Nota outperforms SP, NCP, RLD

Voters are using this powerful tool to send message to parties that they don't deserve votes.

Hyderabad: “We could’ve won the elections, had it not been for Nota,” could be the latest refrain of all disgruntled defeated candidates and parties, going by the huge number of voters who chose the ‘none of the above’ option in the just-concluded elections to five state Assemblies of Telangana state, Madhya Pradesh, Chhattisgarh, Rajasthan and Mizoram, according to the Election Commission of India data.

While contestants may rue Nota as unfair, the results have shown that voters are using this powerful option to clearly send out a message to parties and candidates that none of them are good enough to earn their vote.

In Telangana state, there was a massive increase of 47 per cent in Nota votes to about 2.25 lakh, compared to the 2014 polls. A total of 2,24,709 voters pressed the Nota option on EVMs (Electronic Voting Machines), rejecting all the candidates in their respective constituencies, as against 1.52 lakh in the 2014 elections. Nota accounted for 1.1 per cent of the around 2.05 crore votes cast in the December 7 elections.

Nota is a spoiler, candidates may argue, if one were to compare the winning margin of a candidate vis-a-vis the votes polled by Nota. In the Amberpet Assembly in Telangana state, Nota votes stood at 1,462, which is more than the 1,016 votes by which BJP candidate B. Kishan Reddy lost to Kaleru Venkatesham of the TRS.

Likewise, in Madhya Pradesh’s Gwalior seat, where Congress candidate Praveen Pathak polled 56,369 votes, the BJP’s Narayan Singh Kushwah got 56,248 — a margin of 121 seats. Nota, however, secured 1,550 votes.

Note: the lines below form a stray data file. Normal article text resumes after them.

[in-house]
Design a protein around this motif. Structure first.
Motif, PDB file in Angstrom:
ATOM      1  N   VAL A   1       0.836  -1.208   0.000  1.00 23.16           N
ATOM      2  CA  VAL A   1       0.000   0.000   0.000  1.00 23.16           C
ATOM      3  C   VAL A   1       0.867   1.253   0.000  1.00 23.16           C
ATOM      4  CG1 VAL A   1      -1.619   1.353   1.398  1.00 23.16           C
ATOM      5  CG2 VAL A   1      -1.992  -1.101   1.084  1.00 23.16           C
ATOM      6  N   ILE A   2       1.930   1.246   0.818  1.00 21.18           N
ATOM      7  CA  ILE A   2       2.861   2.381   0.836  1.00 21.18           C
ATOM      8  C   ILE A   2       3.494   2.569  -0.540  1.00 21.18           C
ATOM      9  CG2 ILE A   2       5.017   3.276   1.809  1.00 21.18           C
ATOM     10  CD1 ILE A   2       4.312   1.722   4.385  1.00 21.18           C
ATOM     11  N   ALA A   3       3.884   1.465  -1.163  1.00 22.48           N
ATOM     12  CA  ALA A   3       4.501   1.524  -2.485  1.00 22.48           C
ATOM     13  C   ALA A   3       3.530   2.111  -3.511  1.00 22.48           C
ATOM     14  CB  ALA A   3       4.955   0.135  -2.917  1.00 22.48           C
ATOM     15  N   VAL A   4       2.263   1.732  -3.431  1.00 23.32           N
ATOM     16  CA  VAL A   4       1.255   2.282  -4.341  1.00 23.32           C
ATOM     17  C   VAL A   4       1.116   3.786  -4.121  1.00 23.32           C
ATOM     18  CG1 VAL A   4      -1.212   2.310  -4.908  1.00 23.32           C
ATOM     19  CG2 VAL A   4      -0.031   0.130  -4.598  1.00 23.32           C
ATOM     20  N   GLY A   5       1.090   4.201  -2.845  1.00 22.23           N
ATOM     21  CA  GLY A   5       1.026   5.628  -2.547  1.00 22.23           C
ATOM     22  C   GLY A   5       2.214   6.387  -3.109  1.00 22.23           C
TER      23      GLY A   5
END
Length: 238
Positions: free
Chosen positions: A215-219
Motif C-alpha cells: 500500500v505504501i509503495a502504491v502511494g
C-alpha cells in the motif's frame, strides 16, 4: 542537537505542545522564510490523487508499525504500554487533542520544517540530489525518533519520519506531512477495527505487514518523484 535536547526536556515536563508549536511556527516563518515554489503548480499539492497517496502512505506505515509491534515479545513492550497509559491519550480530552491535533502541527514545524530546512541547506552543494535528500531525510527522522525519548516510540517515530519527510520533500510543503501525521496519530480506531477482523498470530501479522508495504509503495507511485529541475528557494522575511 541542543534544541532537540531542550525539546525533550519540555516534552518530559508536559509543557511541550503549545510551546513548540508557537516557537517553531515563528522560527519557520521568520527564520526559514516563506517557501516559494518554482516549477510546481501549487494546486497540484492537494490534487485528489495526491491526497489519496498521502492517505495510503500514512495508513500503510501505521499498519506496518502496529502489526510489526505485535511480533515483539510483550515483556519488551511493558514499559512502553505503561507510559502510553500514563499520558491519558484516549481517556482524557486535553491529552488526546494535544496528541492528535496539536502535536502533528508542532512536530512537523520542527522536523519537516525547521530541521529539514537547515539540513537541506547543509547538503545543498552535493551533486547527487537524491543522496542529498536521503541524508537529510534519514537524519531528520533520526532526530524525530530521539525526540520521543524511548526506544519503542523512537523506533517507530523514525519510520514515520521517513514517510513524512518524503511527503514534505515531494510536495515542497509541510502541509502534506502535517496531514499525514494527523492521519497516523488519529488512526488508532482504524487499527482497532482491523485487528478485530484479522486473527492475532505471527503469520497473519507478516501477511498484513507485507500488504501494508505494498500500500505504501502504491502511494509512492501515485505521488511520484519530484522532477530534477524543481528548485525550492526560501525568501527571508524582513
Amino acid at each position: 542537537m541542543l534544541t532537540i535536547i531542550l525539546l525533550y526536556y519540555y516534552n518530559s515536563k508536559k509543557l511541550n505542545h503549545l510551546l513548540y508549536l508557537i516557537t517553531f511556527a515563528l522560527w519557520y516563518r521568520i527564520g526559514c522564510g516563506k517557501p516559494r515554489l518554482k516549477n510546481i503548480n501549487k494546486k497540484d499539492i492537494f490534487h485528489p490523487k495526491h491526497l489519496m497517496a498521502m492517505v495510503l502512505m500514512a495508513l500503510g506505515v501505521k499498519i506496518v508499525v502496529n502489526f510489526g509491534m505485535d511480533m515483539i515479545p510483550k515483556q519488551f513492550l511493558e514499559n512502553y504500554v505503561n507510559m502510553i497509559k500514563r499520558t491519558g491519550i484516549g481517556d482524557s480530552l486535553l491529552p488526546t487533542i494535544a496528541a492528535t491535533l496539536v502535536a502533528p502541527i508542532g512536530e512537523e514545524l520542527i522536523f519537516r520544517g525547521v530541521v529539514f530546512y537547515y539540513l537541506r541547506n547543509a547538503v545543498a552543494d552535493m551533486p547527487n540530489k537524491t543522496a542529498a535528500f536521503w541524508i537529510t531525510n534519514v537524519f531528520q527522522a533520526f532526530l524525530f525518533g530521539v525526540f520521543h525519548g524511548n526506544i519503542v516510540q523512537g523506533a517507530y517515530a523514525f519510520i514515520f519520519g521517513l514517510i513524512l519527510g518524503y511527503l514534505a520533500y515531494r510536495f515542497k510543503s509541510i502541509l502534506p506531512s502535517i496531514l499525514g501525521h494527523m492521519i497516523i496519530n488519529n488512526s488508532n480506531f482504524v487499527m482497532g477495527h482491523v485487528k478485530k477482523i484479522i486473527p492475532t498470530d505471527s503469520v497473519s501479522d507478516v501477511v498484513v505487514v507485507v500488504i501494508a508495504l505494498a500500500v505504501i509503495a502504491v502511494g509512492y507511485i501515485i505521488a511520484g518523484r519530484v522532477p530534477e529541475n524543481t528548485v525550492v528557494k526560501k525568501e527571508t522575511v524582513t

Health minister Kalicharan Saraf in the outgoing Vasundhara Raje-led BJP government won by 1,704 votes from Malviyanagar constituency, where 2,371 voters exercised the Nota option.

In Madhya Pradesh, while the BJP polled 1,56,42,980 votes, the Congress got 1,55,95,153, a difference of 52,173. However, the number of votes Nota polled is 5,42,295. Any party could have won with just a fragment of Nota votes.

In the electrifying Rajasthan elections, the Congress polled 1,39,35,201 votes, the BJP secured 1,37,57,502, the difference being 1,77,699 votes. Nota here polled 4,67,781 votes. Psephologists say that votes polled under Nota could have yielded seven to eight more seats to either the Congress or the BJP.

Nota option gives the voter the choice to reject all candidates in the election fray. The total number of votes for Nota arrived at is the sum total of the number of Nota votes polled for various candidates, thereby eating into the vote share of the contesting parties.

In Rajasthan, Nota got a vote share of 1.3 per cent, polling 4,67,781 votes higher than Samajwadi Party (0.2 per cent), NCP (0.2 per cent), RLD (0.3 per cent), CPM (1.2 per cent) and so on.

In Madhya Pradesh, Nota garnered 1.4 per cent polling 5,42,295 votes which is higher than SP, (1.3 per cent) and AAP (0.02 per cent) and so on.

Likewise in Chhatti-sgarh, Nota’s vote share was 2.0 per cent or 2,82,744 votes, which is higher than the vote share secured by SP, AAP, NCP or the CPI. In Mizoram, too, it was no different with Nota getting 0.5 per cent i.e, 2,917 votes more than one of the local parties — the Prism Party — which got 1,262 votes.

While the jury is still out on whether or not Nota votes do play a decisive role for any of the candidates to score, it does send a message that the voter’s decision is final. When asked if he would have won had Nota votes been polled in his favour, BJP’s Amberpet candidate Kishan Reddy said, “It’s people’s mandate.”And if people are showing that they are simply not impressed by any of the candidates they are being asked to vote for, then said candidates and their parties had better pull up their socks and deliver something better.

( Source : Deccan Chronicle. )
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